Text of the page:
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"Stelarc Parasite: Event for Invaded and Involuntary Body, at the 1997 "Ars Electronica Festival

Electronic art is a form of art that makes use of "electronic media. More broadly, it refers to "technology and/or "electronic media. It is related to "information art, "new media art, "video art, "digital art, "interactive art, "internet art, and "electronic music. It is considered an outgrowth of "conceptual art and "systems art.



The term electronic art is almost synonymous to "computer art and digital art.[1] The latter two terms, and especially the term "computer-generated art are mostly used for visual artworks generated by computers. However, electronic art has a much broader connotation, referring to artworks that include any type of electronic component, such as works in "music, "dance, "architecture and "performance.[2] It is an "interdisciplinary field and so artists often collaborate with scientists and engineers when creating their works. The "art historian of electronic art "Edward A. Shanken works to document current and past experimental art with a focus on the intersection of art, science, and technology. Other writers on the topic of electronic art include "Frank Popper, "Dominique Moulon, "Sarah Cook, and "Christiane Paul.

Electronic art often features components of "interactivity.[3] Artists make use of technologies like the "Internet, "computer networks, "robotics, wearable technology, "digital painting, "wireless technology and "immersive virtual reality. As the technologies used to deliver works of electronic art become "obsolete, electronic art faces serious issues around the challenge to "preserve artwork beyond the time of its contemporary production. Currently, research projects are underway to improve the preservation and documentation of the fragile electronic arts heritage (see "DOCAM - Documentation and Conservation of the Media Arts Heritage).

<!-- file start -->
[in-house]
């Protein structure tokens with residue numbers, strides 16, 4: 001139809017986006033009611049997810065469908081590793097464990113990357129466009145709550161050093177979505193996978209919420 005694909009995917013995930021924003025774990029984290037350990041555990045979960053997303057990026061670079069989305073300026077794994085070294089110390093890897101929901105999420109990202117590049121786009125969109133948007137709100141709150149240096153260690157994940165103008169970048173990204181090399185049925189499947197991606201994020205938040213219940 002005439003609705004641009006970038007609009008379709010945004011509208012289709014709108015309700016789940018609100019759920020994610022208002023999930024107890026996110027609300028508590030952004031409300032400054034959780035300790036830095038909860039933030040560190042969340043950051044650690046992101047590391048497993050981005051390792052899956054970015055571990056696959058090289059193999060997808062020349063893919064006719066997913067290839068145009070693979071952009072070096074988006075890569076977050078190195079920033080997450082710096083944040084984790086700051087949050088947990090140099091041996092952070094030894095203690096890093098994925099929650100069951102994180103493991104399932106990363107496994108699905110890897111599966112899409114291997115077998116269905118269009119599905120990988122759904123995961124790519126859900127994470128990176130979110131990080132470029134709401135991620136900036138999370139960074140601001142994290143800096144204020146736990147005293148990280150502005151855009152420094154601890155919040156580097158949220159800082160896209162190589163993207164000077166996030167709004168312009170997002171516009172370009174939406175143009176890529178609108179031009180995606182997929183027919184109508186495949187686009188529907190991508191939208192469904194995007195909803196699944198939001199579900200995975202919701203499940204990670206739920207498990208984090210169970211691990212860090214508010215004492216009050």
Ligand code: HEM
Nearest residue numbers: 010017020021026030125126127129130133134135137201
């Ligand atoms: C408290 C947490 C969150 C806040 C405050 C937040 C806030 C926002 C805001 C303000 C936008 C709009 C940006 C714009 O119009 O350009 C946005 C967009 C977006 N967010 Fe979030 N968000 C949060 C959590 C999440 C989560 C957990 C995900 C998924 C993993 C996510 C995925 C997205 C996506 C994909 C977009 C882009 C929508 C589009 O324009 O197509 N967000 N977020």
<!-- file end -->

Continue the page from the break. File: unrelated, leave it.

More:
Art festivals that use the term "electronic art" in their name[edit]


Notable artists working in electronic art include:

See also[edit]


  1. ^ Paul, Christiane 2006. Digital Art, p. 10. Thames & Hudson.
  2. ^ Paul, Christiane (2006. Digital Art, p. 132 Thames & Hudson.
  3. ^ Paul, Christiane (2006). Digital Art, pp. 8 & 11. Thames & Hudson.


External links[edit]

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